Movements in long-term unemployment (LTU) exhibit a substantial cyclical component. I develop a business cycle model featuring labor market frictions and skill loss during unemployment to capture various stylized facts about the cyclical behavior of long-term unemployment. I find that the skill loss mechanism helps reproduce negative duration dependence, high persistence in unemployment and output, volatility patterns across macroeconomic variables and the behavior of the incidence of LTU around business cycle turning points. Optimal monetary policy in the presence of skill loss during unemployment calls for a softer reaction to inflation after productivity shocks.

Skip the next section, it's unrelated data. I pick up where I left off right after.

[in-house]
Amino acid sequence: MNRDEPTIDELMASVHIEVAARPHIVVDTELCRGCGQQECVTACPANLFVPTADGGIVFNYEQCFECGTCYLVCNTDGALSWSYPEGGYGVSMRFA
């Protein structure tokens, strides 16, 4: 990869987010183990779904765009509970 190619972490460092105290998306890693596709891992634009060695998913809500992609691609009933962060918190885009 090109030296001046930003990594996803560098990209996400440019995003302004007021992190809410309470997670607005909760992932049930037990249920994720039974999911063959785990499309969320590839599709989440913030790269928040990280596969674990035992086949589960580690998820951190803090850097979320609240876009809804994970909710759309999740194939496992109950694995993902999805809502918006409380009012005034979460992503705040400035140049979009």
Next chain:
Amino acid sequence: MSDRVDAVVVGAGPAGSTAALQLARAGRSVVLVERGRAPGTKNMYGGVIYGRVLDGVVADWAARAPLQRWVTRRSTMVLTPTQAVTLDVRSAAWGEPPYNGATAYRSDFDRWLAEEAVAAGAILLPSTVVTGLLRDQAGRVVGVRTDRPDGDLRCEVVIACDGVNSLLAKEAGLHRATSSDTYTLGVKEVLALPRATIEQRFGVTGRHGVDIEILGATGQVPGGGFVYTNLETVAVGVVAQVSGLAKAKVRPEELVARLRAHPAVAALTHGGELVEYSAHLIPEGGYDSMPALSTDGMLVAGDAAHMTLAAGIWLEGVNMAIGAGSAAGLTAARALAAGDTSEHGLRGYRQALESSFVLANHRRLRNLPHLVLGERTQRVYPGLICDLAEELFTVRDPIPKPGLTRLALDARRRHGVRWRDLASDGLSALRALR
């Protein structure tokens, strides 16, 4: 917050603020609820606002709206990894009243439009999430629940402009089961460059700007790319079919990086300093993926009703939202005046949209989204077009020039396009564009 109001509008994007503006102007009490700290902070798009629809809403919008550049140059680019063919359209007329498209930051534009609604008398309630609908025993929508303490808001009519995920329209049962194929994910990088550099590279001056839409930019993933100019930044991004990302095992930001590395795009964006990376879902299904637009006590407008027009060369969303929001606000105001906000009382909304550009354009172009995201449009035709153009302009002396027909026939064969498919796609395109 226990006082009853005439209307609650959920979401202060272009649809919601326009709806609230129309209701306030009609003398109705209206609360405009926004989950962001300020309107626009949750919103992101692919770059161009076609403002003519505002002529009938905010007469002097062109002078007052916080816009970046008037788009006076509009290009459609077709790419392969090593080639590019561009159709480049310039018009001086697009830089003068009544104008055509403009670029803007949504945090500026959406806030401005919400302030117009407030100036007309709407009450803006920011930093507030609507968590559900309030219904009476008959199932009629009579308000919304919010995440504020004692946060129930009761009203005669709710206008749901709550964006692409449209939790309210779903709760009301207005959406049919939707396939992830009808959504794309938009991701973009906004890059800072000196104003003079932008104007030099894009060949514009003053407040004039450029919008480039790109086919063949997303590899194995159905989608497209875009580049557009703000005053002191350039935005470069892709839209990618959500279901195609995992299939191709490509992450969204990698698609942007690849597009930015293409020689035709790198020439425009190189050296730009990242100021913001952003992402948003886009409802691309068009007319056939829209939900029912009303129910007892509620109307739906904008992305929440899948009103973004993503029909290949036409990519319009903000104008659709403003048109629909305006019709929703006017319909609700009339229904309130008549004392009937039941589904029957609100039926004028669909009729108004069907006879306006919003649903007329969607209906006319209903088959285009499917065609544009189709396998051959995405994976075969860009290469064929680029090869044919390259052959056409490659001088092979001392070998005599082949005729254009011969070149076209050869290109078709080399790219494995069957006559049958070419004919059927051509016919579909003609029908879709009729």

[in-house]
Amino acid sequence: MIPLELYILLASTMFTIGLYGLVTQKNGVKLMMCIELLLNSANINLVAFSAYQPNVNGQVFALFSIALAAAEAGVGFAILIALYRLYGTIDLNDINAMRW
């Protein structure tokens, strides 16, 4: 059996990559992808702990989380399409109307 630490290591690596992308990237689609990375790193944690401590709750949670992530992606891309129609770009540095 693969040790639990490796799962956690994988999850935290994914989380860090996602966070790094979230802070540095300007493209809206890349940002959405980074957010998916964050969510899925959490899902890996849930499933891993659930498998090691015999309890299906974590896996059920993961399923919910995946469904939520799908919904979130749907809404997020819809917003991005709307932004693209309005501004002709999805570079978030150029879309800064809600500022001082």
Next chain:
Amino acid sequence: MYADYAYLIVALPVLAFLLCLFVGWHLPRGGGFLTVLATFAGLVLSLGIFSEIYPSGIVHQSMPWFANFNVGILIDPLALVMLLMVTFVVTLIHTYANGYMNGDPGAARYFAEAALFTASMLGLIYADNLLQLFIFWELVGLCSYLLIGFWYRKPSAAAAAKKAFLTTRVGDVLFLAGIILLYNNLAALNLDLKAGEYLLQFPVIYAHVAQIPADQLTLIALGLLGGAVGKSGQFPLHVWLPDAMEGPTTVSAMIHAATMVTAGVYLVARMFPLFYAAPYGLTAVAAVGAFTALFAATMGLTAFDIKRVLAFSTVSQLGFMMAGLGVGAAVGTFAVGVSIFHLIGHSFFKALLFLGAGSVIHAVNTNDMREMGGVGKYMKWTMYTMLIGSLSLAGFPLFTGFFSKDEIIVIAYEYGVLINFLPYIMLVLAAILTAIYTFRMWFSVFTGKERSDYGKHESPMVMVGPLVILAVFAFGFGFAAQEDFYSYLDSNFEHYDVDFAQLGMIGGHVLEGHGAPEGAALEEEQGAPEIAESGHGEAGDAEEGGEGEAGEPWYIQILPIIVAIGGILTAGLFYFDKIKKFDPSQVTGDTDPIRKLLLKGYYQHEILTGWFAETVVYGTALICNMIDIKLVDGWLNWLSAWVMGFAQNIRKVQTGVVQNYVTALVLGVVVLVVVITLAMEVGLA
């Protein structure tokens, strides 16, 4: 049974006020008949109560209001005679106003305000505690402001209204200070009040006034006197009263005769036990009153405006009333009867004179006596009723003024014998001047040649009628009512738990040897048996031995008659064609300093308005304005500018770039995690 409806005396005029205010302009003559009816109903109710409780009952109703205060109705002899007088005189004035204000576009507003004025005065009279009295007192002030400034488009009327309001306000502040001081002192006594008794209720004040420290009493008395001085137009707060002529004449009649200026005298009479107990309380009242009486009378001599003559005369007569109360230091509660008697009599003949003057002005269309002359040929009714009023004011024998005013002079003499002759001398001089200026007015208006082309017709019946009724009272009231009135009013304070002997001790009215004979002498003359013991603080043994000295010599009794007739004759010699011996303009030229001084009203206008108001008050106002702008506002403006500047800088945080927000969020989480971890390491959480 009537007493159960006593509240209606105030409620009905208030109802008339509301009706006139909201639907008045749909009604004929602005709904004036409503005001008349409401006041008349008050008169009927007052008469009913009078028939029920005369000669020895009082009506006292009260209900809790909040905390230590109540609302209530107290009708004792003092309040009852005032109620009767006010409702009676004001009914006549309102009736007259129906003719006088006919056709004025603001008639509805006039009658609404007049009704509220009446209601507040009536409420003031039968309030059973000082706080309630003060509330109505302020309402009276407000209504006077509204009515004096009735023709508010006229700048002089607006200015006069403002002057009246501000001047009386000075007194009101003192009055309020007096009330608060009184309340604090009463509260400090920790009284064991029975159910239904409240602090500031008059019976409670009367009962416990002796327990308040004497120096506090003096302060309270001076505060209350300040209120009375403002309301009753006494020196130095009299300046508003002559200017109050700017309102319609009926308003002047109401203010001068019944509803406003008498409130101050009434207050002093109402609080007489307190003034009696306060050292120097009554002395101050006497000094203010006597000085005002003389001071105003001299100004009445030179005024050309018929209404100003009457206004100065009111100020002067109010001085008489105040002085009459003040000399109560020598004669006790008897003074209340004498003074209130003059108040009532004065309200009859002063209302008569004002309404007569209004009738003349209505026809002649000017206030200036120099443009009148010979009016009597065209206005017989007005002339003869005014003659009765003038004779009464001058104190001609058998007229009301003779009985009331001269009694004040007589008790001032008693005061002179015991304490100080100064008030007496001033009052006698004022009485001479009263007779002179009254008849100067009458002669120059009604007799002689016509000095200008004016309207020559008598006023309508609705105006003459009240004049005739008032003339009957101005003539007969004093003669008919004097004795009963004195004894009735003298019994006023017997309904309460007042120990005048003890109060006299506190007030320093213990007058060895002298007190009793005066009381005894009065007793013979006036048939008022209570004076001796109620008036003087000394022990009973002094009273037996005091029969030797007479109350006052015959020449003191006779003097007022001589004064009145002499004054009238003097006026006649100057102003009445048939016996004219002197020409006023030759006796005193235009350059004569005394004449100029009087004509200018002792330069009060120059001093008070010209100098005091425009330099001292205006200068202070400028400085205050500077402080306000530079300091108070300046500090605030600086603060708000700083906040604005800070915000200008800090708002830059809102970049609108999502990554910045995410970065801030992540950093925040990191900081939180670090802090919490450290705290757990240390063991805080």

The monetary authority accepts more inflation in order to avoid high skill loss during unemployment which would reduce production and hence consumption possibilities.